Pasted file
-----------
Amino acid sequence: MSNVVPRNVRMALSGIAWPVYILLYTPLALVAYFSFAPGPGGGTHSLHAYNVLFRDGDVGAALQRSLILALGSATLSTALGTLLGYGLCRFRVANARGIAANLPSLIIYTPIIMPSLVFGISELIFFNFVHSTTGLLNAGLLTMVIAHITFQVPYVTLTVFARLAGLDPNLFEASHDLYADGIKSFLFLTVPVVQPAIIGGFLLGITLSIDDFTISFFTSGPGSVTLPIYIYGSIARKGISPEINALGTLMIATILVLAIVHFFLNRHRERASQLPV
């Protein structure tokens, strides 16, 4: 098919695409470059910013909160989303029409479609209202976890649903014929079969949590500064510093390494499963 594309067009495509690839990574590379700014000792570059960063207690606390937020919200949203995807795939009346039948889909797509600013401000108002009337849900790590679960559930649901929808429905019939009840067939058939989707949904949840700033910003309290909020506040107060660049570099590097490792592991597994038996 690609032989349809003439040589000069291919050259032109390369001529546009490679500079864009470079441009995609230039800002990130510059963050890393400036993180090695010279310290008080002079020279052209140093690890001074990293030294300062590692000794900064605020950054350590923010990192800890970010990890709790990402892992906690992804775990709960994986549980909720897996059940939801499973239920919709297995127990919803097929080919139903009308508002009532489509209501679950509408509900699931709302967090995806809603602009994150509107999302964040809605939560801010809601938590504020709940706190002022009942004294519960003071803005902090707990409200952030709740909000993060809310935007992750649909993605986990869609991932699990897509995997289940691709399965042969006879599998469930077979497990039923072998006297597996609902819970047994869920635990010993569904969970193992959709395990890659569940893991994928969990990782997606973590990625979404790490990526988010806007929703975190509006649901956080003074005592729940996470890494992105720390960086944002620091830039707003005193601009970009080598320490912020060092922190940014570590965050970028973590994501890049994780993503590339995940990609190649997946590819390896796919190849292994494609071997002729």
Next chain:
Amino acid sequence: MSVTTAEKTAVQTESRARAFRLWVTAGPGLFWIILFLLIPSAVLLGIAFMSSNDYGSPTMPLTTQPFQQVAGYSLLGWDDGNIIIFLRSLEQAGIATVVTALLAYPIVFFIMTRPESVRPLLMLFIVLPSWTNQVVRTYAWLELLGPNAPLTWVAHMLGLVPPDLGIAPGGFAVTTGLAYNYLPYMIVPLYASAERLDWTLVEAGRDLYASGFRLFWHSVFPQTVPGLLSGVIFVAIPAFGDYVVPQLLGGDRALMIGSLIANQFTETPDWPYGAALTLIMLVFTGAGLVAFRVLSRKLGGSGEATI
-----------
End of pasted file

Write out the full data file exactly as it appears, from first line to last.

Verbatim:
Amino acid sequence: MSNVVPRNVRMALSGIAWPVYILLYTPLALVAYFSFAPGPGGGTHSLHAYNVLFRDGDVGAALQRSLILALGSATLSTALGTLLGYGLCRFRVANARGIAANLPSLIIYTPIIMPSLVFGISELIFFNFVHSTTGLLNAGLLTMVIAHITFQVPYVTLTVFARLAGLDPNLFEASHDLYADGIKSFLFLTVPVVQPAIIGGFLLGITLSIDDFTISFFTSGPGSVTLPIYIYGSIARKGISPEINALGTLMIATILVLAIVHFFLNRHRERASQLPV
């Protein structure tokens, strides 16, 4: 098919695409470059910013909160989303029409479609209202976890649903014929079969949590500064510093390494499963 594309067009495509690839990574590379700014000792570059960063207690606390937020919200949203995807795939009346039948889909797509600013401000108002009337849900790590679960559930649901929808429905019939009840067939058939989707949904949840700033910003309290909020506040107060660049570099590097490792592991597994038996 690609032989349809003439040589000069291919050259032109390369001529546009490679500079864009470079441009995609230039800002990130510059963050890393400036993180090695010279310290008080002079020279052209140093690890001074990293030294300062590692000794900064605020950054350590923010990192800890970010990890709790990402892992906690992804775990709960994986549980909720897996059940939801499973239920919709297995127990919803097929080919139903009308508002009532489509209501679950509408509900699931709302967090995806809603602009994150509107999302964040809605939560801010809601938590504020709940706190002022009942004294519960003071803005902090707990409200952030709740909000993060809310935007992750649909993605986990869609991932699990897509995997289940691709399965042969006879599998469930077979497990039923072998006297597996609902819970047994869920635990010993569904969970193992959709395990890659569940893991994928969990990782997606973590990625979404790490990526988010806007929703975190509006649901956080003074005592729940996470890494992105720390960086944002620091830039707003005193601009970009080598320490912020060092922190940014570590965050970028973590994501890049994780993503590339995940990609190649997946590819390896796919190849292994494609071997002729």
Next chain:
Amino acid sequence: MSVTTAEKTAVQTESRARAFRLWVTAGPGLFWIILFLLIPSAVLLGIAFMSSNDYGSPTMPLTTQPFQQVAGYSLLGWDDGNIIIFLRSLEQAGIATVVTALLAYPIVFFIMTRPESVRPLLMLFIVLPSWTNQVVRTYAWLELLGPNAPLTWVAHMLGLVPPDLGIAPGGFAVTTGLAYNYLPYMIVPLYASAERLDWTLVEAGRDLYASGFRLFWHSVFPQTVPGLLSGVIFVAIPAFGDYVVPQLLGGDRALMIGSLIANQFTETPDWPYGAALTLIMLVFTGAGLVAFRVLSRKLGGSGEATI